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Thoughts on Tanya Singh’s poetry collection from Panther’s Paw: ‘Blue is the Colour I Choose’
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Assertion

Thoughts on Tanya Singh’s poetry collection from Panther’s Paw: ‘Blue is the Colour I Choose’

chanchal

 

Chanchal Kumar

chanchal

The Hindi writer Ajay Navaria said in an interview, “We are not Dalits 24 hours a day”. This statement may seem puzzling. Some may think, How can one escape one’s identity at will? The signifier ‘Dalit’ isn’t a uniform that a person can put on for some time and then change into another, right? Well, I struggled with interpreting the statement for some time too. If the reader goes through Tanya Singh’s Blue is the Colour I Choose, it might offer some explanations.

Tanya Singh, similar to Navaria, has been a Professor at a reputed university. In her debut collection, she writes as a Dalit woman. Many of her poems are written through this perspective. But this is not the only reason why this collection is important. It assumes significance rather because in her poems, she also gives us a glimpse of her life as just another regular person going about her every day routine, without thinking incessantly about being Dalit.

In her poem Stares, she writes about a funny incident regarding her experience in a café, when she should have pushed the café door instead she pulls it, expecting it to open. She feels that people were staring at her. This is the entire poem. While it may seem like an inconsequential little verse, it proves a couple of important points. The first is concerning the humanity of Dalit people. In a charged political scenario where identity takes precedence over everything else, we sometimes forget that Dalits are also made of flesh and bones, just like any other person regardless of their caste.

                           panthers paw

In fact, had it not been for news on the media concerning yet another atrocity, we would be forgiven for believing in the caste system like something that exists only in one’s imagination. But it is as real and fundamental as air in a closed room. The second point is that this poem which is about a café door is regarding the social location of the poet, her privilege vis-à-vis majority of Dalits around India. The poet is writing from a space which makes such an experience in a café possible. She accepts the privilege that she enjoys as a person brought up in a metro city, however fraught it may be. In the poem Rain, she writes;
 

“… Outside my car,
a beggar-kid carrying another beggar-kid;
perhaps his brother,
on the piss-water-filled road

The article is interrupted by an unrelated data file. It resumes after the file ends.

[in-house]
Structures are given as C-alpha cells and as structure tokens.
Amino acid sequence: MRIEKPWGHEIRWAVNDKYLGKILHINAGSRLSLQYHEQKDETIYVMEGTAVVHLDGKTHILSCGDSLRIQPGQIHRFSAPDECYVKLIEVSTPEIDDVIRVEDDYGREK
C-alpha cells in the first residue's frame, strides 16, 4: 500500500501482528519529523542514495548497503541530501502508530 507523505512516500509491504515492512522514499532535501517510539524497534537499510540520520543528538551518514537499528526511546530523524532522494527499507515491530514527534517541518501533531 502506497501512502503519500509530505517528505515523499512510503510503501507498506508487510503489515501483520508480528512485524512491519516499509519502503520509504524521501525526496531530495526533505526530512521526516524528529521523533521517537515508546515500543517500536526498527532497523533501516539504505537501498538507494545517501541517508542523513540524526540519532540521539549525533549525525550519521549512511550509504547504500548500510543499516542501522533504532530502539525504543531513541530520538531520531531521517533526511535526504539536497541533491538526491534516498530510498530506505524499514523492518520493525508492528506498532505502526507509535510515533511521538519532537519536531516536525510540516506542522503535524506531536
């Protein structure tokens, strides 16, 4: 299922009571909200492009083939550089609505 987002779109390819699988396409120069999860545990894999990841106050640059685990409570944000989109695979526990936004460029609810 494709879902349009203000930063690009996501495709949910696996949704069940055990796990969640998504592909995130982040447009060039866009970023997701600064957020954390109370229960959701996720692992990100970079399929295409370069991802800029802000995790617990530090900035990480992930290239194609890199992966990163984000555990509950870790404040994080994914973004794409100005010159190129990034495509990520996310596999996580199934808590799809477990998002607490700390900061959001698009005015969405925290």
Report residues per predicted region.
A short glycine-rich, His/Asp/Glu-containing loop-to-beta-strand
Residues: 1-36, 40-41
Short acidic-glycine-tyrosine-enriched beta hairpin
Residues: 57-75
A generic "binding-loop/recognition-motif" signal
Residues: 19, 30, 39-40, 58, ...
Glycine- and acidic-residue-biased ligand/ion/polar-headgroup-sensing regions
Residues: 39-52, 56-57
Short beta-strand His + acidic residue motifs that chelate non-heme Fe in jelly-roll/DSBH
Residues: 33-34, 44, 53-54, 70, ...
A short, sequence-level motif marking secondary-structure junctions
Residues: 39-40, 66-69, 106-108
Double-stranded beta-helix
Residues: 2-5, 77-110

my dry eyes soaking their wet bodies
they looked at me piercing through the thin glass window,
unfathomable thoughts dripping from their head.
I looked at them again
suddenly conscious of my fancy bag
and expensive underwear,
And then turned away
with my urban,
cultured indifference.”

Other poems in the collection, similarly point to the guilt that she feels belonging to a class that is better off, but it is also true that her perspective as an articulate young female poet writing in English is significant. Her collection urges other young people from the community to publish their work and continue to work towards realizing their dream.

Blue is the Colour I Choose contains poems that have their origin in casual evening hangouts with savarna people, and draws content from conversations that take place in such settings. Poems like Circle give an insight into the lives of oppressors:

 
“I wrote letters to my grandfather in Sanskrit,
he always insisted so”, said she.
“Learning classical dance and music is a part
of our childhood training, reiterated another.
They always have such stories to tell,
their incestual club of
heritage, culture, legacy,
the grand names of their predecessors;
Chaudharis, Chaturvedis, Chauhans,
their poojas, gods, gurus,
English-speaking grandmothers,
cotton and silk saris,
sweets and cooking recipes,
family heirlooms…”

It shifts the gaze back to savarnas and makes them know what the other side thinks of them. In the words of James Baldwin, ‘The victim who is able to articulate the situation of the victim has ceased to be a victim: he or she has become a threat.’

Poems of affirmation also abound in the collection, which are a pleasure to read. In New Day, Tanya Singh writes,

“Each Day
The savarnas make history
Each day
The Dalits make future”

 
It shows her belief in the idea that Dalits do not just live in the present, they also share a vision for the future. It is true that days in the future certainly hold a lot more hope for Dalits.We need more poets like Tanya Singh to show us the path where everyone is given the opportunity to speak their truth.

Tanya Singh should be read because of poems wherein she asserts her humanity in the face of violence and censure. Congratulations are due to Panther’s Paw for giving a platform to Tanya and for making it a priority to support voices like hers.

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Chanchal Kumar is from Jharkhand and currently lives in Delhi, India. His poems have previously appeared and awarded in The Sunflower Collective, Hamilton Stone Review, Welter Journal, Name and None, Young Poets Network, UK including others. Recently, his poems were translated to Bengali by Harakiri Journal. He is pursuing M.Phil at University of Delhi.

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